The Rev. Kent Siladi gave the Conference Minister’s address and began by restating that he will not seek any position in the new conference, leaving space for new, dynamic leadership to emerge . He spoke of the long history of the Connecticut Conference, before it was known by those terms, and the changes ahead.
 
“Transitions are probably among the hardest changes we are invited to make,” said Siladi. “Any time there is a transition there is doubt and uncertainty.”
 
But, he said, there is also opportunity in transition.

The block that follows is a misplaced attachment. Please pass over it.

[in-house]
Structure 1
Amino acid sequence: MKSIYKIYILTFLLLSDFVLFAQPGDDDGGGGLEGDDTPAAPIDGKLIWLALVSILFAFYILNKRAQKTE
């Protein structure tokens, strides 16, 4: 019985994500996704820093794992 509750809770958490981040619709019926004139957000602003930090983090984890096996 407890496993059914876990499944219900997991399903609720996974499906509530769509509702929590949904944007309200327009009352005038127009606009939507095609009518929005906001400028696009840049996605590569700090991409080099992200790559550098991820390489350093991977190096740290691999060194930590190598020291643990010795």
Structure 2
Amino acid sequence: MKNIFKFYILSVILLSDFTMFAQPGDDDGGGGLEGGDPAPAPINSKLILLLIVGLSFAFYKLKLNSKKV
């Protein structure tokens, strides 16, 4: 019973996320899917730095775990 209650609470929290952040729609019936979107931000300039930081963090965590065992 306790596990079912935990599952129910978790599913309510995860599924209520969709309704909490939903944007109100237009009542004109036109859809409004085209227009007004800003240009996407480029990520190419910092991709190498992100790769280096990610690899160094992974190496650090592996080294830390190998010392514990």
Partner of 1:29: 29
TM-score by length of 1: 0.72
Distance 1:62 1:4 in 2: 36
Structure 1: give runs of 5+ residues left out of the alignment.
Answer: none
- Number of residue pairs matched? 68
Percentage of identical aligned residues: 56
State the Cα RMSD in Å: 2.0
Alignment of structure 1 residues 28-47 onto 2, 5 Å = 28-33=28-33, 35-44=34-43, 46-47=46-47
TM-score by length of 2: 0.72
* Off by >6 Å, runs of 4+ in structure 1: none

“At every new beginning or new experience in our life there is an ending to the former way of doing things and a new life that opens itself to the future,” he said. “We are indeed a Body in Motion and we are moving towards some new dance partners.”

Read Siladi's full address here
 
An important business matter that was brought before the assembly was a need for bylaw changes that will need to come before the Connecticut Voters. These changes  which were briefly outlined for the delegates will be presented at the Annual Meeting on November 1-2, 2019. More information on these changes will be available in preparation for that meeting.
 
All the documents related to the meeting, a gallery of photos, the full text of Rev. Nicewander’s sermon, Rev. Siladi’s address, and all the resolutions can be seen on the 2019 Special Meeting event page.